Proulx: No. When the story was first published eight years ago, I did expect that. But there was a deafening silence. What I had instead were letters from individuals, gay people, some of them absolutely heartbreaking. And over the years, those letters have continued and certainly are continuing now. Some of them are extremely fine, people who write and say, "This is my story. This is why I left Idaho, Wyoming, Iowa." Perhaps the most touching ones are from fathers, who say, "Now I understand the kind of hell my son went through." It's enormously wonderful to know that you've touched people, that you've truly moved them.

AP: Is that why you write?

Proulx: It's not why I write. I had no idea I was going to get any response of this sort. I wrote it from my long-term stance of trying to describe sections of rural life, individuals in particular rural situations and places, well, first the places. That it came out this way--it just happened to touch certain nerves in people. I think this country is hungry for this story.

AP: Why?

Proulx: Because it's a love story and there's hardly much love around these days. I think people are sick of divisiveness, hate-mongering, disasters, war, loss; and need and want a reminder that sometimes love comes along that is strong and permanent, and that it can happen to anyone.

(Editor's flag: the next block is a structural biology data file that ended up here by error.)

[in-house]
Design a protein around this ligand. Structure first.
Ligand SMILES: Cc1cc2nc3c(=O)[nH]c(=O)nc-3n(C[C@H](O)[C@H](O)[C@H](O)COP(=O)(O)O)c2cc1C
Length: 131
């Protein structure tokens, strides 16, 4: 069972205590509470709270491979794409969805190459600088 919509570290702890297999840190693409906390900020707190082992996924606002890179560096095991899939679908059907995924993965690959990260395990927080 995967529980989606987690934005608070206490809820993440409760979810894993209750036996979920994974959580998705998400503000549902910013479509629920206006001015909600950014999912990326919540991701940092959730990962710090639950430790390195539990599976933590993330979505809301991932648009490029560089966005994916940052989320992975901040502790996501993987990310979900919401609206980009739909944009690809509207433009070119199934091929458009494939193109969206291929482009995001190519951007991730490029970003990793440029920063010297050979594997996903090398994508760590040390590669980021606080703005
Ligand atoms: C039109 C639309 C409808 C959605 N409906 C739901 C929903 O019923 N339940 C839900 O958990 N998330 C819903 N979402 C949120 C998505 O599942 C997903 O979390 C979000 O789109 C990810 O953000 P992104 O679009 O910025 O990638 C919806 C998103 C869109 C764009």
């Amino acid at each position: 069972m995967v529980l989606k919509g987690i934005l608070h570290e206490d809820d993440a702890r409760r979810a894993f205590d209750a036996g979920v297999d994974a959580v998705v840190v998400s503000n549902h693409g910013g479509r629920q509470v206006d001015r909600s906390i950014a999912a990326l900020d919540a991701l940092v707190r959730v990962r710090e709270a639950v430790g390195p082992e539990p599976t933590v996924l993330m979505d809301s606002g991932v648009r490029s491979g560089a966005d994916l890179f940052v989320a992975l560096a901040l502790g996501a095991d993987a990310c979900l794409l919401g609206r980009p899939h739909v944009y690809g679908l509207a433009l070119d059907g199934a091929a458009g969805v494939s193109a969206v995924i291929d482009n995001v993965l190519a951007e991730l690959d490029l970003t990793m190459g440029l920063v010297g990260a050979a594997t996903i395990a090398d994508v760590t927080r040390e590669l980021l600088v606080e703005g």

AP: Do you think straight men will watch this movie?

Proulx: They are watching this movie. Of course, why wouldn't they watch it? Straight men fall in love. Not necessarily with each other or with a gay man. My son-in-law, who prides himself on being a Bud-drinking, NRA-member redneck, liked the movie so much, he went to it twice. Straight men are seeing it, and they're not having any problem with it. The only people who would have problems with it are people who are very insecure about themselves and their own sexuality and who would be putting up a defense, and that's usually young men who haven't figured things out yet. Jack and Ennis would probably have trouble with this movie.

AP: Do you think Jack and Ennis will come back?

Proulx: They're not coming back. There's no way. They're going to stay where they are. I've got other things to write. (Sandy Cohen, AP)

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Annie Proulx
tells the story behind "Brokeback Mountain"

" >